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Crash course on a comet bound for Jupiter.

Lined up like pearls on a string, some 20 comet-like fragments will slam one by one into Jupiter next July. The impacts will allow at least two spacecraft -- Galileo and Voyager 2 - to observe directly the most powerful series of collisions ever predicted for the solar system.

On that much, astronomers agree. But the amount of energy unleashed by the fragments, known collectively as Comet Shoemaker-Levy 9, remains a matter of intense debate. That's because researchers don't know the size, and hence the kinetic energy, of any of the pieces, which were discovered last March and are thought to originate from a parent body ripped apart by Jupiter's gravity in July 1992 (SN: 6/26/93, p.410).

Several studies reported this week may help astronomers estimate the size of the largest fragments. Researchers described their findings during a crash course on Comet Shoemaker-Levy 9 - a marathon four-hour session at the annual meeting of the American Astronomical Society's Division for Planetary Sciences in Boulder, Colo.

At the meeting, Harold A. Weaver of the Space Telescope Science Institute in Baltimore presented several snapshots of Comet Shoemaker-Levy 9 taken on July 1 with the Hubble Space Telescope. Although the images represent the highest resolution of the fragments to date, astronomers still can'[ clearly distinguish the hard core of each body from its comet-like shroud of dust and gas. Weaver estimates that the highly reflective shrouds, known as comas, account for some 70 percent of the luminosity of the fragments in the Hubble pictures. By subtracting this estimated contribution, Weaver and his colleagues calculate that the largest pieces have a core no greater than about 5 kilometers in diameter - about half the size of early estimates.

The kenetic energy of each fragment is proportional to its mass, which in turn is proportional to the cube of the fragment's diameter. Thus, the smaller size indicated by the Hubble images suggests that the fragments might dump into the Jovian atmosphere only about one-eight the energy originally calculated. Nonetheless, Weaver notes, the total energy unleashed would still equal about 100 mega-tons of TNT.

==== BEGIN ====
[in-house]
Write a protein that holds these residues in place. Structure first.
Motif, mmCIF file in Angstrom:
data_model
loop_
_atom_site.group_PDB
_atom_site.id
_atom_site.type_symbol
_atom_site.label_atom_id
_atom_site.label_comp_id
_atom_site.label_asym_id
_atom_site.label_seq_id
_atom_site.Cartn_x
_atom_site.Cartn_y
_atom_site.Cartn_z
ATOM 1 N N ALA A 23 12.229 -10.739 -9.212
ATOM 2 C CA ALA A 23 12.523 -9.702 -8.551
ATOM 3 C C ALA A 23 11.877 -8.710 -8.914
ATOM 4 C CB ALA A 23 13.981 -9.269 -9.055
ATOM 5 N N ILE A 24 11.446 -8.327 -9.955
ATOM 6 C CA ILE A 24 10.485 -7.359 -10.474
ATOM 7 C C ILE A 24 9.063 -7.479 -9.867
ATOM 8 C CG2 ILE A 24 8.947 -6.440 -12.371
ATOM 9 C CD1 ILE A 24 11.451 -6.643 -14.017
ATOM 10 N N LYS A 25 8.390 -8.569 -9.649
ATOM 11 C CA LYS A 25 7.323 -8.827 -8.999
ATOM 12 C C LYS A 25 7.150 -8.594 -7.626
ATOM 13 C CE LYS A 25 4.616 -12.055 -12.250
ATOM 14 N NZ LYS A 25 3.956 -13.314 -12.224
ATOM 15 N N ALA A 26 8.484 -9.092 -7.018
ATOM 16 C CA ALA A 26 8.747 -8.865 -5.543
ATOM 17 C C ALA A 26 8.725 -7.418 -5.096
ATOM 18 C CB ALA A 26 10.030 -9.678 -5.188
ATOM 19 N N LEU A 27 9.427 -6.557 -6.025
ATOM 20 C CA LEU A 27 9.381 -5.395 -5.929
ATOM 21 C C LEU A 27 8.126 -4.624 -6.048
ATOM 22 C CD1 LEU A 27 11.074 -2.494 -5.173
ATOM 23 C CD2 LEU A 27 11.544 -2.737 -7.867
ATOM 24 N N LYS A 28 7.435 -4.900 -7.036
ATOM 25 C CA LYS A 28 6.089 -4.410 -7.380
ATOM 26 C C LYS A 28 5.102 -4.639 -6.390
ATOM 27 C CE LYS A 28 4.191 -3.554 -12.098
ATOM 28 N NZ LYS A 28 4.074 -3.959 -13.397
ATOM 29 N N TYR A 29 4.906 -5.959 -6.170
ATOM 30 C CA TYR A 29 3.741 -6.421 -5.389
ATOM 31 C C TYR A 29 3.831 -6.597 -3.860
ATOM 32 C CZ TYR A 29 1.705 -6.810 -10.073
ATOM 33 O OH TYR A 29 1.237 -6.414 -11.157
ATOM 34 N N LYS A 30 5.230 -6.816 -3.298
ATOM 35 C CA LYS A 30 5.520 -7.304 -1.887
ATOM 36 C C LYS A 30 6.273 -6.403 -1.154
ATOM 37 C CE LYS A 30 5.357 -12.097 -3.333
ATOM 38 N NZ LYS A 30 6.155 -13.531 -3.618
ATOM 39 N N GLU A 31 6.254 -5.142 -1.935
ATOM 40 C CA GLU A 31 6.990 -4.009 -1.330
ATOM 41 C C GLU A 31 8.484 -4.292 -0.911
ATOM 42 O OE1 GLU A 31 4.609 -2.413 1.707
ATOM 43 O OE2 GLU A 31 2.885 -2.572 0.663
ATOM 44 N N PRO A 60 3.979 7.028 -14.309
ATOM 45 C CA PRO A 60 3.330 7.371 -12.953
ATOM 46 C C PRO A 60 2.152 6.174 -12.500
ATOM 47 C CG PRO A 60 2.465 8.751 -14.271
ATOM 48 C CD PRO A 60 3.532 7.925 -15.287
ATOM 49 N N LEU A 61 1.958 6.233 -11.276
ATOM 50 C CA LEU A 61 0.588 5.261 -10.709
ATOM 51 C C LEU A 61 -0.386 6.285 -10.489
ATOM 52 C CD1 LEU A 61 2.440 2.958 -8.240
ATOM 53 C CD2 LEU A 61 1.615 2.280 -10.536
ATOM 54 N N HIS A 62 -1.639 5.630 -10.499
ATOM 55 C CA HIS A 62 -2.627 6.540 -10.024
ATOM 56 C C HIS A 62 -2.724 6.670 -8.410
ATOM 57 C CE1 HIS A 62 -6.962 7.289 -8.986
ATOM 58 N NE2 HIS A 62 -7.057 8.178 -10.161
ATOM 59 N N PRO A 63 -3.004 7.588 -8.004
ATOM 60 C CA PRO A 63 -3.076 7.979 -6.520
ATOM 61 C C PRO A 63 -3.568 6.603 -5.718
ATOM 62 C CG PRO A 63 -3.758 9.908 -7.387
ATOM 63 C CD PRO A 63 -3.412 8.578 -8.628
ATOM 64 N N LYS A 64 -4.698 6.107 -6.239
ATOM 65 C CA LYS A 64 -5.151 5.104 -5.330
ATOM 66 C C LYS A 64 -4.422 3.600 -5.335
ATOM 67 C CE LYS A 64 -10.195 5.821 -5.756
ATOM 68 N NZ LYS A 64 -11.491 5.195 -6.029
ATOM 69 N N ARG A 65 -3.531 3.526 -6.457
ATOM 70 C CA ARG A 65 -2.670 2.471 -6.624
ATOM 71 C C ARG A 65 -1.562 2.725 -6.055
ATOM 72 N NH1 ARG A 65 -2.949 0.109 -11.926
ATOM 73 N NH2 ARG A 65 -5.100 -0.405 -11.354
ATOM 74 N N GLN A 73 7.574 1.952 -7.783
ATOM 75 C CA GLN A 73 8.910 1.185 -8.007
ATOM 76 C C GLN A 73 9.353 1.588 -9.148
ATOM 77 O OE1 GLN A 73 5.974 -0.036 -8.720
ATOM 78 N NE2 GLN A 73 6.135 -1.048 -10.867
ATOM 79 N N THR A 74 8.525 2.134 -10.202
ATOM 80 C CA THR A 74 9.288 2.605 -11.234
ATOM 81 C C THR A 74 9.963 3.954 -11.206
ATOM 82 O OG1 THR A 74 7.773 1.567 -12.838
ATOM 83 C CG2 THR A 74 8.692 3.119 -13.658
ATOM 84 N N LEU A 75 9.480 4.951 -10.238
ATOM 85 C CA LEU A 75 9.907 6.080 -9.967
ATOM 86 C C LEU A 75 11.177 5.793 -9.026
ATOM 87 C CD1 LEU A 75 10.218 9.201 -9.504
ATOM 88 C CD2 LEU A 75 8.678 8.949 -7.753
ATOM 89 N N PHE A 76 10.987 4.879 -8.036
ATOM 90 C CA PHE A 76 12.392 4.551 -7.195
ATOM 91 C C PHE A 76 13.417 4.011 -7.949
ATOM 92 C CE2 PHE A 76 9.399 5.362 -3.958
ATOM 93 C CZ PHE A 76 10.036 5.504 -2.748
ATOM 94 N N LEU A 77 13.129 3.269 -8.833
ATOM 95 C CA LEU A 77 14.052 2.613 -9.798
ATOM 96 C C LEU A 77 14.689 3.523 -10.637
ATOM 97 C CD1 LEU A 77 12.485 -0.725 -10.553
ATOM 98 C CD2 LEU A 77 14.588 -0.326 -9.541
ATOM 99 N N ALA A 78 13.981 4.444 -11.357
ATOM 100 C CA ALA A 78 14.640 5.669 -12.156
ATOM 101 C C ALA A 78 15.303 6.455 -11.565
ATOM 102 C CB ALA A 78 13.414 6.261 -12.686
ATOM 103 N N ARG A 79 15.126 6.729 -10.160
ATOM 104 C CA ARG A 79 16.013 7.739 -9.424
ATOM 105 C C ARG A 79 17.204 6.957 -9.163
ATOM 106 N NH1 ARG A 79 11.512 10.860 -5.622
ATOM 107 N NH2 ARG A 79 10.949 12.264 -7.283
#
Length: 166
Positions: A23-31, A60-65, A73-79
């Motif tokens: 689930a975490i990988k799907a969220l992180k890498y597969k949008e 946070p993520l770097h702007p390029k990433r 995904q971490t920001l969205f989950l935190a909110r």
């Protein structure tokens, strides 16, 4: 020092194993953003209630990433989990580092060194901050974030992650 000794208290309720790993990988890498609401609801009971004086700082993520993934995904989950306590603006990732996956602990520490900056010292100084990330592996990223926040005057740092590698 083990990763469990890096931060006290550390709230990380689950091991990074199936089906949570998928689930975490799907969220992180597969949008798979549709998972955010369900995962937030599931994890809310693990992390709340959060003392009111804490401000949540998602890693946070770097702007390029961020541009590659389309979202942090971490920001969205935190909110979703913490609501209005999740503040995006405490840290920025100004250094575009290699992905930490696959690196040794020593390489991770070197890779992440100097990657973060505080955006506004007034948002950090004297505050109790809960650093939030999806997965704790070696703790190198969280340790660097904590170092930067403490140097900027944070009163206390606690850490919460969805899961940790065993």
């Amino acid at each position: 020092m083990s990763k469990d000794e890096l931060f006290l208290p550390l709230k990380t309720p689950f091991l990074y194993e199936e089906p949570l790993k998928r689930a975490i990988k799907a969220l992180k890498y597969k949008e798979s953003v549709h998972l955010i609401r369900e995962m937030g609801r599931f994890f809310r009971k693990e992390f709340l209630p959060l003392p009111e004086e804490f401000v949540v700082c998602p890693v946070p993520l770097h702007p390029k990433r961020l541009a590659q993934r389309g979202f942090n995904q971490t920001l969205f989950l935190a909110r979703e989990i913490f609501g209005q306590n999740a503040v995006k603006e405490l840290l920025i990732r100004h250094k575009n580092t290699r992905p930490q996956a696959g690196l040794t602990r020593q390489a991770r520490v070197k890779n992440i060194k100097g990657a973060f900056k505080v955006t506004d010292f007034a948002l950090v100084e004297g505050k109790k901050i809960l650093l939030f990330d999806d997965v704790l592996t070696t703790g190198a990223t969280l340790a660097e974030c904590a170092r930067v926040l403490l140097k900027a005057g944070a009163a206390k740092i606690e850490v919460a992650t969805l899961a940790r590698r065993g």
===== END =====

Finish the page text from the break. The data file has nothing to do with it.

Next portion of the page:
If the Hubble study provides a maximum size for the largest fragments of Shoemaker-Levy 9, another study, reported in the Oct. 21 NATURE by James V. Scotti and H. Jay Melosh of the University of Arizona in Tucson, may provide a minimum diameter. By tracing the orbits of the 20-odd fragments back in time, the astronomers infer that the present body had a diameter of 2 kilometers. Thus the largest fragments might measure just 1 kilometer across and impart only one-thousandth the energy proposed in earlier studies.

At the meeting, Paul Chodas, Zdenek Sekanina, and Donald K. Yeomans of NASA's Jet Propulsion Laboratory in Pasadena, Calif., reported that their orbital calculations - based on a larger set of data - indicate that the parent body might have a diameter of 9 kilometers, consistent with the Hubble study. They predict that the Jovian collisions will take place over about five days, centered on July 21, 1994.

How often does a comet break into a string of pieces near Jupiter? According to Melosh and Paul Schenk of the Lunar and Planetary Institute in Houston, the answer may lie in Voyager 1 images of the large Jovian moon Callisto, which show 13 straight-line chains of creaters. They say a string of cometary fragments sequentially striking the moon best explain these crater chains, as well as three others identified on the Jovian moon Ganymede. Schenk and Melosh estimate that comets with a diameter of a few kilometers break up near Jupiter once every 80 years.
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Title Annotation:20 comet-like fragments to collide with Jupiter in Jul 1994
Author:Cowen, Ron
Publication:Science News
Date:Oct 23, 1993
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